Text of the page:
October 25, 2016

French soccer league resumes after Paris attacks

A supporter is checked by French policemen at the entrance of the Nice stadium

One week after the terror attacks that killed 130 people in Paris, the French soccer league resumed Friday as Nice beat Lyon 3-0 in a somber atmosphere.

Fans held candles aloft during a minute’s silence before the match and a banner read “Supporters Unis Dans La Douleur” (Fans United in Grief).

Because of stricter security measures and depleted police resources, no Lyon fans were allowed inside Nice’s stadium. There will be no supporters from visiting teams at matches this weekend.
As the French national anthem sounded, France’s sports minister Patrick Kanner stood alongside French league president Frederic Thiriez, who had his hand on his heart.

“Yes, 1,000 times yes. Why? Because after the shock and the tears, life must continue,” Thiriez said when asked if this weekend’s games should have gone ahead.

“Security is my primary concern, we made this decision in close consultation with the Interior Ministry,” Thiriez said. “You have to balance the fact that football must go on with security measures, and I think we did that.”

Nice president Jean-Pierre Rivere supported the decision.

“We can’t forget what happened … (but) I’m convinced we should have played,” he told Canal Plus television. “You can’t underestimate what happened, but you have to carry on living and unite people who want to enjoy their passions, whether that’s the theater, a concert or a football match.”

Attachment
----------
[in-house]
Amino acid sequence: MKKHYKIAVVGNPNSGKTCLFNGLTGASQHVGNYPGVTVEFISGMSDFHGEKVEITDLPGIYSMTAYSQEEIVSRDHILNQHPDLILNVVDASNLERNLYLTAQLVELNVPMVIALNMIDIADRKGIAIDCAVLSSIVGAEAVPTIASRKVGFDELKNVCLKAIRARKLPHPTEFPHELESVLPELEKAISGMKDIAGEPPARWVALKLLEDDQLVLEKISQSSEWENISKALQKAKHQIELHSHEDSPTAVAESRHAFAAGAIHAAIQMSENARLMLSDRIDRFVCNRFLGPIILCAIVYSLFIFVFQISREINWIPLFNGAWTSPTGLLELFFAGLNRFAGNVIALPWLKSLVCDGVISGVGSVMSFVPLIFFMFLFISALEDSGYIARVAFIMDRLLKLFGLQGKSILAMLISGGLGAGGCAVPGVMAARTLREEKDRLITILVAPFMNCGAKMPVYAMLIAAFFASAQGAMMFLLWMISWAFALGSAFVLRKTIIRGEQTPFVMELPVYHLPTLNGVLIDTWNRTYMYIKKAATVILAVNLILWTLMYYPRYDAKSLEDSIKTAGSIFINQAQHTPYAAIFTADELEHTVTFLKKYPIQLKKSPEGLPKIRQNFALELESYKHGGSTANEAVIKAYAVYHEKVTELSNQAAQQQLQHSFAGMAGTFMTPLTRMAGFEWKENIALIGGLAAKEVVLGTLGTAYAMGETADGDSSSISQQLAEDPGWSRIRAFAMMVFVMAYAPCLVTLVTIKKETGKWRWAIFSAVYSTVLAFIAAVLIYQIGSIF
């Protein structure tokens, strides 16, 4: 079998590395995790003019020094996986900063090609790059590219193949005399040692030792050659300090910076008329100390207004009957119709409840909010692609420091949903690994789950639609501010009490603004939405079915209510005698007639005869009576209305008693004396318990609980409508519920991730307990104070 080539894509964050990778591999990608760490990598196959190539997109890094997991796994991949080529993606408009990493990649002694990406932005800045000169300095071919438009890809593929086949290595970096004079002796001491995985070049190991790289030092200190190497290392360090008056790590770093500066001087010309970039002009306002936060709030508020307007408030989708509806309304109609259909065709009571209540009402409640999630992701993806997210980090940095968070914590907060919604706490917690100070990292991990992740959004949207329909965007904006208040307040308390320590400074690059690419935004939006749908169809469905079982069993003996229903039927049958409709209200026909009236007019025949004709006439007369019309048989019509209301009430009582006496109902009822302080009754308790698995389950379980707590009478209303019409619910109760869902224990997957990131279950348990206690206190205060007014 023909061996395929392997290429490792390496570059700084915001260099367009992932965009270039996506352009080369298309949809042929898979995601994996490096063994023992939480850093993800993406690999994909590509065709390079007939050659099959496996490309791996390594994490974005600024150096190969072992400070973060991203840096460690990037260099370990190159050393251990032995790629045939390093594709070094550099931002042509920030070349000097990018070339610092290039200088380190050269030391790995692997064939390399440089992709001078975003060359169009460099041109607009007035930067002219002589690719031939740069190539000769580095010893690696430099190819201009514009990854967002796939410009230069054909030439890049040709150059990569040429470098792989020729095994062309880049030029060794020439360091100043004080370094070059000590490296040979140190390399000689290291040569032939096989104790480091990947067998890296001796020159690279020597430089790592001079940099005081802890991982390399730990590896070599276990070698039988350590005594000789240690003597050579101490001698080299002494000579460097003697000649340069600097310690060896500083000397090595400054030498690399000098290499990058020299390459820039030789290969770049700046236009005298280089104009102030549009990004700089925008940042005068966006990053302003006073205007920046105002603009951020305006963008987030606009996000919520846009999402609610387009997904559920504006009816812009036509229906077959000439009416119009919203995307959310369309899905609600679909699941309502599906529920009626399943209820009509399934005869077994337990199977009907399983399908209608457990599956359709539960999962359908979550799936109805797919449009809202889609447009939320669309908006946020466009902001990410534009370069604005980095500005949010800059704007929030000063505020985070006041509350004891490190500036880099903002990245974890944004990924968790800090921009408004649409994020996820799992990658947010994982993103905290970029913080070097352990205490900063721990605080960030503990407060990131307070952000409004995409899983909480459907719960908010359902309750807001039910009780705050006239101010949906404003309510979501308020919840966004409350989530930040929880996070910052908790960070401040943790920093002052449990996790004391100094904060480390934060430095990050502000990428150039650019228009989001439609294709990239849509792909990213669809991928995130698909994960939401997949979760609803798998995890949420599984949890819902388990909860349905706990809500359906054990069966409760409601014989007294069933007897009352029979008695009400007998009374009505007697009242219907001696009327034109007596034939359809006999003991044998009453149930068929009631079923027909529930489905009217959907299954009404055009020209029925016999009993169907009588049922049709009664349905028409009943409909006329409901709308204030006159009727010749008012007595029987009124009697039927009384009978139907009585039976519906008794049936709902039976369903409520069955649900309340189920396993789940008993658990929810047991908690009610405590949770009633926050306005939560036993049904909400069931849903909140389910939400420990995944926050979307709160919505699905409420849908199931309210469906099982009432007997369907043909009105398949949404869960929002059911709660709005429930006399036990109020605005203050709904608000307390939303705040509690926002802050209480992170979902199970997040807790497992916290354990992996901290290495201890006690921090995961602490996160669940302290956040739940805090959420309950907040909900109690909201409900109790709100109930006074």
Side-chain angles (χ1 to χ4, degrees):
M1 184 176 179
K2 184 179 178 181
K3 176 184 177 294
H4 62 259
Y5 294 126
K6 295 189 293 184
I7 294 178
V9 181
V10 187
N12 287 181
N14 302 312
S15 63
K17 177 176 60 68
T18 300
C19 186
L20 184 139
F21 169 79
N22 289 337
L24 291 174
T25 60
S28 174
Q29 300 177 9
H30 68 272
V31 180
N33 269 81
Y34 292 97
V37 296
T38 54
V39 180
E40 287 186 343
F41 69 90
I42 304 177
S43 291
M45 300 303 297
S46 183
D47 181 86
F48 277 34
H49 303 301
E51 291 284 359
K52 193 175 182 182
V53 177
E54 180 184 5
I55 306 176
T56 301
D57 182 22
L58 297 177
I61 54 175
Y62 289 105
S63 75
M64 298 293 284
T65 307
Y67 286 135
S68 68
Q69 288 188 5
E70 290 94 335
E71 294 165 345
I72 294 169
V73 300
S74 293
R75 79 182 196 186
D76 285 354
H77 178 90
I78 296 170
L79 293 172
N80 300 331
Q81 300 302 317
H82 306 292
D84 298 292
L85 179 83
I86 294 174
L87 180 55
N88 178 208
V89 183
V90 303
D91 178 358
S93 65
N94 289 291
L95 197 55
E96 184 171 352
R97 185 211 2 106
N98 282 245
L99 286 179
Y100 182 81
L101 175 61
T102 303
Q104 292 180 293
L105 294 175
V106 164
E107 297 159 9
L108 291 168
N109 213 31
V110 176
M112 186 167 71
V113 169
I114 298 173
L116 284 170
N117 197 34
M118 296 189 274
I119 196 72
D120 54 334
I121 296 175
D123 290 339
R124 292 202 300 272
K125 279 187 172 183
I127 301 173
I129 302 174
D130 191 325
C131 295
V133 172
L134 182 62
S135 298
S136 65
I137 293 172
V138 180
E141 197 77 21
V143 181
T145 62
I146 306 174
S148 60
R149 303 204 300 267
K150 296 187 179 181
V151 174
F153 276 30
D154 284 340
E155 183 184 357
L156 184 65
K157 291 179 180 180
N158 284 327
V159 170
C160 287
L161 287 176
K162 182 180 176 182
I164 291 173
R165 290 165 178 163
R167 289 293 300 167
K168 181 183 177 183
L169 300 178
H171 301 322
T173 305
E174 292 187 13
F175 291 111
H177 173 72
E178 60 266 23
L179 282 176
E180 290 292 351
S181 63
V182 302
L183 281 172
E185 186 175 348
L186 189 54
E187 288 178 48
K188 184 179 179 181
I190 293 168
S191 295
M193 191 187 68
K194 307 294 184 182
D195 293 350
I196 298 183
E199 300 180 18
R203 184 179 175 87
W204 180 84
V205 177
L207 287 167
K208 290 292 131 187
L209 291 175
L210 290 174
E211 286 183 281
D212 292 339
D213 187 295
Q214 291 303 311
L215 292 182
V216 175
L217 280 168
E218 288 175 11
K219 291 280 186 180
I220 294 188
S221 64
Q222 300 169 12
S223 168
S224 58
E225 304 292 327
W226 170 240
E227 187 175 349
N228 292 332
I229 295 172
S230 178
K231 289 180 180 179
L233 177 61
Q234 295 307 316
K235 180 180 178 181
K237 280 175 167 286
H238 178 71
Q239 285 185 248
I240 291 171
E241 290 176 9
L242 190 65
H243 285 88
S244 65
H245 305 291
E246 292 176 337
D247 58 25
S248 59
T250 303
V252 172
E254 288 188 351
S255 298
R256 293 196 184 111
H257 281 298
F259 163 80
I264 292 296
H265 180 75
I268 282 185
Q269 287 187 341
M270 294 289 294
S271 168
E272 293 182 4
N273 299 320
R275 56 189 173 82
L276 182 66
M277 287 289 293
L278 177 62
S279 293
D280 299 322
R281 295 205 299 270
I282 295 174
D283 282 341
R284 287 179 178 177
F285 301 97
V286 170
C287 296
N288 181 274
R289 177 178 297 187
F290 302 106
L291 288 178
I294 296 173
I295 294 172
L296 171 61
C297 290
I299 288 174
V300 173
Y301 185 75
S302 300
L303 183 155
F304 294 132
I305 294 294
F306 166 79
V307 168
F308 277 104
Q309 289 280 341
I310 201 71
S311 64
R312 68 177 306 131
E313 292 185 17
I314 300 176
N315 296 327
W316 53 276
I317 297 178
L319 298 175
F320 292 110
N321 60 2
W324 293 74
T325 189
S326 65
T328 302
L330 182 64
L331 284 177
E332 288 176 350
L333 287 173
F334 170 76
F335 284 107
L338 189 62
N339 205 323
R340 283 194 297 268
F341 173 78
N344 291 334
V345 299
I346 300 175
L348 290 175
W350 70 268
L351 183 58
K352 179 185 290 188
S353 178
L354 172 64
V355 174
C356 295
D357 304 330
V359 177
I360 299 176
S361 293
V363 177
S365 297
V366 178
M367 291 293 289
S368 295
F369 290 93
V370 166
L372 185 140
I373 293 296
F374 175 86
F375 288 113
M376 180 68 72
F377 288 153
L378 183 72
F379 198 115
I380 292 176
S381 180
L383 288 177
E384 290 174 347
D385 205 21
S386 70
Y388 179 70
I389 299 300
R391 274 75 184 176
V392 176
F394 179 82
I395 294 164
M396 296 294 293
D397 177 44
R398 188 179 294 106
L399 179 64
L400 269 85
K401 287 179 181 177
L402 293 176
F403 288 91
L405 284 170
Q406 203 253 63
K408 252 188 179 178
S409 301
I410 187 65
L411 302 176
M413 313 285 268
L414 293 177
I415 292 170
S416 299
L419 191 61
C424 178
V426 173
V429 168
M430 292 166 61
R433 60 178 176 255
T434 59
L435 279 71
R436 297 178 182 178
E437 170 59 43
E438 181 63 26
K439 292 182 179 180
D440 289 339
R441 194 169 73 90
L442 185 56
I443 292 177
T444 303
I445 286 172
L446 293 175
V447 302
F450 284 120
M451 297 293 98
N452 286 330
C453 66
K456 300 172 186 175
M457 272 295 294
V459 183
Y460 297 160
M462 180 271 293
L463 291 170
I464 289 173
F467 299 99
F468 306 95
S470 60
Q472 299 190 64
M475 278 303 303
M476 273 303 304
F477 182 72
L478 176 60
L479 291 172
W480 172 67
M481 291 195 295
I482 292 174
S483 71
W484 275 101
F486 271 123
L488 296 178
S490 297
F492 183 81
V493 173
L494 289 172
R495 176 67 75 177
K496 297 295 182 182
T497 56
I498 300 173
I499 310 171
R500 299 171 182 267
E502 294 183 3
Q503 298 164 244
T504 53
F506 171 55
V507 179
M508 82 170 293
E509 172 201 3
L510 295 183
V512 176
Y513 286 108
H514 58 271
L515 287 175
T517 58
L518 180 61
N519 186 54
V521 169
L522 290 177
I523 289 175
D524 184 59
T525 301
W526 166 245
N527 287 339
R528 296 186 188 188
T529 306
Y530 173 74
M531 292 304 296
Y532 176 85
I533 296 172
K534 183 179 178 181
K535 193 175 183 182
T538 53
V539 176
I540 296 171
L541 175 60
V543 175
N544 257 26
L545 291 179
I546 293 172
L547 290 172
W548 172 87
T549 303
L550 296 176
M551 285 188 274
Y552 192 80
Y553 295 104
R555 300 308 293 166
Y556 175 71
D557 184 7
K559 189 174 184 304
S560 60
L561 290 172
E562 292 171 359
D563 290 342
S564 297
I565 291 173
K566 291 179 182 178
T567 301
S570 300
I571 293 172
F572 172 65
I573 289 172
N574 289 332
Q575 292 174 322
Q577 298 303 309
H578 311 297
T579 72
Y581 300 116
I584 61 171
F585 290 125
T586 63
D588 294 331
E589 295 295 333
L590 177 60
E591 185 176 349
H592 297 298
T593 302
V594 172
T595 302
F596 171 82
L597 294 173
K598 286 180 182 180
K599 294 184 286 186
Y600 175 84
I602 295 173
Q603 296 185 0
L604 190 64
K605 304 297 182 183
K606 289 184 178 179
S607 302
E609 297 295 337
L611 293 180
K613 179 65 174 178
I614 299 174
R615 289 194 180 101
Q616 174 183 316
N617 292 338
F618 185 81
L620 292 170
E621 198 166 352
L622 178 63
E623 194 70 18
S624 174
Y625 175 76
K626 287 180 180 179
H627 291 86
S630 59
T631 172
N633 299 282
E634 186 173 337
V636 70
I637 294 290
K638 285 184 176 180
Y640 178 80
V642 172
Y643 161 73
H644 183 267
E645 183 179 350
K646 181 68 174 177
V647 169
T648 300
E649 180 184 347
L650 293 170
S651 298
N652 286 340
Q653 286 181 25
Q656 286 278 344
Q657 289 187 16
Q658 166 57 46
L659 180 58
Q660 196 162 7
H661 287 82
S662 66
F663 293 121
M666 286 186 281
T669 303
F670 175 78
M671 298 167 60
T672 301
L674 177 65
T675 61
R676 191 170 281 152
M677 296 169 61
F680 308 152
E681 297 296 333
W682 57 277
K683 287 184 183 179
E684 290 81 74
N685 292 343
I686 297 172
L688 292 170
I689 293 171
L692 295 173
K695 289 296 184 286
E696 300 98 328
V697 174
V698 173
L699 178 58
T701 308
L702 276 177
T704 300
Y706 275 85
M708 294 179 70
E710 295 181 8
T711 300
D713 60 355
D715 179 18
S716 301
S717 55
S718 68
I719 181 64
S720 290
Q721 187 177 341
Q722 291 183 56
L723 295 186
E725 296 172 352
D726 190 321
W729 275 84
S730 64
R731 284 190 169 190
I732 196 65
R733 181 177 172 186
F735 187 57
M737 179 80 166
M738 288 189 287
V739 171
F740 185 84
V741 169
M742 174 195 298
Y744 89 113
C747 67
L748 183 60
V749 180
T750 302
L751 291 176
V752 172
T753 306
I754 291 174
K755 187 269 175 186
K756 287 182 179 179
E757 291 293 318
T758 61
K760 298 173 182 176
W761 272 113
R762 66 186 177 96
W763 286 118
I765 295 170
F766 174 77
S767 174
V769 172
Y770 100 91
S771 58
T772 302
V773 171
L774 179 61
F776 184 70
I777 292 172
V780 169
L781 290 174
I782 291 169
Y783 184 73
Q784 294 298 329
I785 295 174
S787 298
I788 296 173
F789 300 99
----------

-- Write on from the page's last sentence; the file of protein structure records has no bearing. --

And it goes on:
Striker Valere Germain put Nice ahead, Lyon central defender Mapou Yanga-Mbiwa scored an own goal, and midfielder Vincent Koziello completed the scoring as Nice moved provisionally up to third place prior to this weekend’s games. On Saturday, league leader Paris Saint-Germain is away at Lorient.

Fans were subjected to stringent security checks before entering the Allianz Riviera stadium at nightfall.

“Our fans showed a lot of responsibility, too,” Rivere said, adding that some had urged fellow supporters to come dressed in black as a mark of respect for the victims, and to avoid bringing pyrotechnic devices.

The minute’s silence was largely well observed, except for a few people shouting at the start who were soon quietened.

Winger Hatem Ben Arfa, who played for France against Germany last Friday when there were explosions outside Stade de France, stared ahead solemnly during the silence, while Germain turned his eyes upward.

Lyon started brightly but missed two clear chances, with Claudio Beauvue scooping over from close range and Alexandre Lacazette hitting the post.

Nice punished Lyon in the 20th minute, when Germain showed a great first touch to control Jean Michael Seri’s pass and then clipped the ball over goalkeeper Anthony Lopes.

Yanga-Mbiwa showed a poor reading of the game when he went to cut out Jeremy Pied’s cross from the right and instead poked it past Lopes in the 49th.

Pied passed to Koziello in the 71st, and the promising midfielder finished with a rasping finish into the top right corner from inside the penalty area.

At the start of the second half, fans broke out into a loud and spontaneous rendition of La Marseillaise, waving French tricolor flags, and did so again at the end.

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